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Don’t overlook Keon Broxton

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The most underrated signing of the Twins’ off-season

Oakland Athletics v Seattle Mariners Photo by Rob Leiter/MLB Photos via Getty Images

In the last month, Derek Falvey and Thad Levine have turned the Twins’ off-season from a paltry F to a resounding A (in my opinion, anyway). With a flurry of impact signings such as J.A. Happ, Andrelton Simmons, Alex Colome, and Nelson Cruz, the Twins have taken back the reins in the AL Central after the early-off-season shopping spree that the White Sox went on.

One addition that flew largely under-the-radar this off-season: Keon Broxton. Broxton has bounced around the league a bit since his start with the Brewers, and went un-rostered for the entirety of 2020. However, I believe that not only will we see the minor league signee this season, but he just might make a positive impact.

I’m not trying to say that Broxton will wow any of us with his hitting prowess. He was only slightly below average in his first few seasons, but fell off to horrid levels in his last couple of seasons. He has been striking out a lot and he doesn’t have a lot of power. So why am I calling this a “sneaky-good” signing?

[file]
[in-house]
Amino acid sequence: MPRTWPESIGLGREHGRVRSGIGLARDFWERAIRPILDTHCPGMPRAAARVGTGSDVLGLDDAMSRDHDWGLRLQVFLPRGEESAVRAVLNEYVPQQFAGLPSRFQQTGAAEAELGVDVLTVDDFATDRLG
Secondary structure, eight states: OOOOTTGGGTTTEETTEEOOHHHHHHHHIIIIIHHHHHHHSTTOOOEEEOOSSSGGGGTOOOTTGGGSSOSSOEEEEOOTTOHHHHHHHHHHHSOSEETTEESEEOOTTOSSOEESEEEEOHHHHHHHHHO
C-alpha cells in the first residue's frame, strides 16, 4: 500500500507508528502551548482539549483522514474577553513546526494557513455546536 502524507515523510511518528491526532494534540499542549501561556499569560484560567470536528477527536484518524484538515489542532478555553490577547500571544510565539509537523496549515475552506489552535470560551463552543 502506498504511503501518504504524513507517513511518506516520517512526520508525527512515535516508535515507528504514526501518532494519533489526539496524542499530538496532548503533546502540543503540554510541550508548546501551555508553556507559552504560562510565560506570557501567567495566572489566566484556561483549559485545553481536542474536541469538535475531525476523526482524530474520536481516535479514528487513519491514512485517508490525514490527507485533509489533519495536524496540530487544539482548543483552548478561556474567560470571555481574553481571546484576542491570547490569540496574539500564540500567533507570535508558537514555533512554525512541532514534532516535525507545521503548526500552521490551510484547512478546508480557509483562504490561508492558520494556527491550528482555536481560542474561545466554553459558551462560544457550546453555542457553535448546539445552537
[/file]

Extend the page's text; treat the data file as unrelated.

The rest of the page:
We all know about Byron Buxton’s struggles with staying healthy. When healthy, he’s the best defensive centerfielder in the world, and in the past few seasons, he’s shown he’s got one of the best bats at the position as well. However, the Twins have struggled mightily to man centerfield in his absence. Max Kepler can play an above-average centerfield, but has spoken in the past about the toll it takes on him to play the position for an extended period of time. Jake Cave plays a good left field, but struggles in center. Enter Broxton.

Consistently ranking as one of the fastest players in baseball, the former Brewer is an excellent defender who should be able to do a decent Buxton impression if he is pressed into action in 2021. This backup option would have a waterfall effect on the defense, as being able to keep Kepler in right field (where he’s one of the best in baseball) while still having an excellent centerfielder would keep the outfield strong if Buxton does miss a long stretch of time. While having Broxton hitting for a long period of time doesn’t sound so appetizing, his speed could really play at the bottom of the order if he can just become a little bit more disciplined as a hitter.

Rightfully, Andrelton Simmons got all the press as the key to a Minnesota infield defensive overhaul. Moving Polanco to second and adding one of the greatest shortstop gloves of all time will do that. However, don’t overlook the similar effect that the low-key signing of Keon Broxton could have on the outfield.